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Author Topic: Care and Break-In of New Leather Ski Boots?  (Read 2821 times)

Offline Moondog55

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Re: Care and Break-In of New Leather Ski Boots?
« Reply #15 on: March 03, 2018, 09:33:51 pm »
Well I guess it depends on how much you enjoy your skiing and how steep the hills are, if you are skiing on the flat and the hills are not too steep then plastic boots are indeed a waste of money
I do not know the cost of all the options over there but here a good leather boot is not cheap. Track shoes are tho but you cannot tour here using track shoes so something like the old Scarpa Nortour [ now the Andrew Clout] at $440- or the Garmont LT at $360- and the Scarpa T2 at $800- isn't that great if you discount by the cost of the Intuition liner which cost $350- on their own Because with the lighter leather boots you really do need full coverage overgaiters and those thin neoprene liners and/or 2 pairs of thick socks
I found that the plastic boot with Intuition liners was warmer than a leather boot with insulated Supergaiters and insulated Supergaiters cost $300- a pair. It's line-ball really
Plastic boots have a shelf life of 10 years and a service life of ~400 hours of actual downhill skiing time, skiing on the flat doesn't place much stress on the components
I've never had a leather ski boot last 10 years and still be as stiff as they need to be for control on the downs; again if you never ski downhill this isn't a problem
Again less of a problem if only using a for a weekend, I tend to stay out for weeks at a time now that I am retired. May stay out all season this year now I have a new hip

Offline Kaifus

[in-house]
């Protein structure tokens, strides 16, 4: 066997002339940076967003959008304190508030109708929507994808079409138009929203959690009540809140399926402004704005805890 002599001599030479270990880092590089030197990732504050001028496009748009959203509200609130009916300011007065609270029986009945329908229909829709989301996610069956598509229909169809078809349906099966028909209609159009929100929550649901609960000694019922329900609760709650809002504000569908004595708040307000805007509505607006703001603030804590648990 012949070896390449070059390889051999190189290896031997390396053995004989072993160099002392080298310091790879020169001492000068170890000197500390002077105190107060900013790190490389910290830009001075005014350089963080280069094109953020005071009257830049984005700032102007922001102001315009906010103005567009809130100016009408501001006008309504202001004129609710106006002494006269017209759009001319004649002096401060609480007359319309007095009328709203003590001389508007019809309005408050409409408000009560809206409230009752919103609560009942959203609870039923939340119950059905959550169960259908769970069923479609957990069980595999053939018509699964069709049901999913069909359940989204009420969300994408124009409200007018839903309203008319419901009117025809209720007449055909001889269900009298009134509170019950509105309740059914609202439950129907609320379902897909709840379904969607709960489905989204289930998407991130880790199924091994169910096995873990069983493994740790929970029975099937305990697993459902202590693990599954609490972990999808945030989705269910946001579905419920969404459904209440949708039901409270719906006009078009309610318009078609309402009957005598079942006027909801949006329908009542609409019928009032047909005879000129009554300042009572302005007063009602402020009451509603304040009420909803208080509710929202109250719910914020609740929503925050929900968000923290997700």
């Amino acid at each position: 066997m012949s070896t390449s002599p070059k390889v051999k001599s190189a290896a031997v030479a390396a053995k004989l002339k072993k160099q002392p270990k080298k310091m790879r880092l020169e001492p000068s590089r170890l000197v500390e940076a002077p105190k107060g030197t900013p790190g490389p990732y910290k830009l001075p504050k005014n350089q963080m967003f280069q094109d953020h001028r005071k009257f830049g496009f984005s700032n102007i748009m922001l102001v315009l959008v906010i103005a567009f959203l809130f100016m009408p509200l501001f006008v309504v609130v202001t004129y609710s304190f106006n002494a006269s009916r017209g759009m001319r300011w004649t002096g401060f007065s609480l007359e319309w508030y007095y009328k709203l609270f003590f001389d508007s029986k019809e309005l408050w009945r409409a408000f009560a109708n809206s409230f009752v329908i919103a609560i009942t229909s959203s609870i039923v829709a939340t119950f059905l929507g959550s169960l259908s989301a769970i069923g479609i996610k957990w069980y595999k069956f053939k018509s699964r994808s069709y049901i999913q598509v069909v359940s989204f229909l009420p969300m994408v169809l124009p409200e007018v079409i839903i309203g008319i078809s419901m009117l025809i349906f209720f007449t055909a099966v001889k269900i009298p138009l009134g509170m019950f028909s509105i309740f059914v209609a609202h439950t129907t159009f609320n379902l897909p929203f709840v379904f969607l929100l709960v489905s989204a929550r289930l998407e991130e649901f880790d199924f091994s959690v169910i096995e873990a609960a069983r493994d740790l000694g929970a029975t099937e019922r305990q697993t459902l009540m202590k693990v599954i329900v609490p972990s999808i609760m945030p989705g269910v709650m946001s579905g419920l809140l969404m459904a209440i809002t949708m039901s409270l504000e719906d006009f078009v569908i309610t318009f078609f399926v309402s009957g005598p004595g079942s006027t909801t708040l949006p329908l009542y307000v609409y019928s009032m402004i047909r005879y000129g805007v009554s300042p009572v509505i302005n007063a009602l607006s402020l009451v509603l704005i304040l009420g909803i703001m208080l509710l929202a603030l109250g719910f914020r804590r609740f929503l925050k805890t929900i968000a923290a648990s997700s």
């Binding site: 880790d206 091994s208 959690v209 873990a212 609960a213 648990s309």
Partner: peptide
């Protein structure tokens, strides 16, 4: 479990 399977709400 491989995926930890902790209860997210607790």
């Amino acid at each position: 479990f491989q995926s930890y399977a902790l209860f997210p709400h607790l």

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Re: Care and Break-In of New Leather Ski Boots?
« Reply #16 on: March 03, 2018, 10:10:53 pm »
Thanks Kaifus, this is extremely helpful. It is interesting that the Crispi boots have not become more comfortable for you with use, and have had their own issues of breakdown with wear. Given that there is nowhere locally for me to try the Crispi boots on, I will likely end up with the Alpina Alaskas since I can try them on at MEC (assuming they provide a comfortable fit.

I hope I didn't talk you out of the Crispi's, they're ultimately probably the better boot. That problem I had with the plastic heel stiffeners wearing through could easily have been a manufacturing flaw that nobody else has to deal with and the boots never gave me blisters, its just at the end of the day my feet are more sore than they should be. Possibly my feet have more arch than normal and your feet would do fine in them, or maybe you won't be skiing for as many hours a day and they would be fine. Andrew Skurka chose these for his Alaska-Yukon Expedition and that says a lot right there. I would still take my failing Alpina's over my Crispi's for any future trip but some day I'd like to get a pair Antartica's.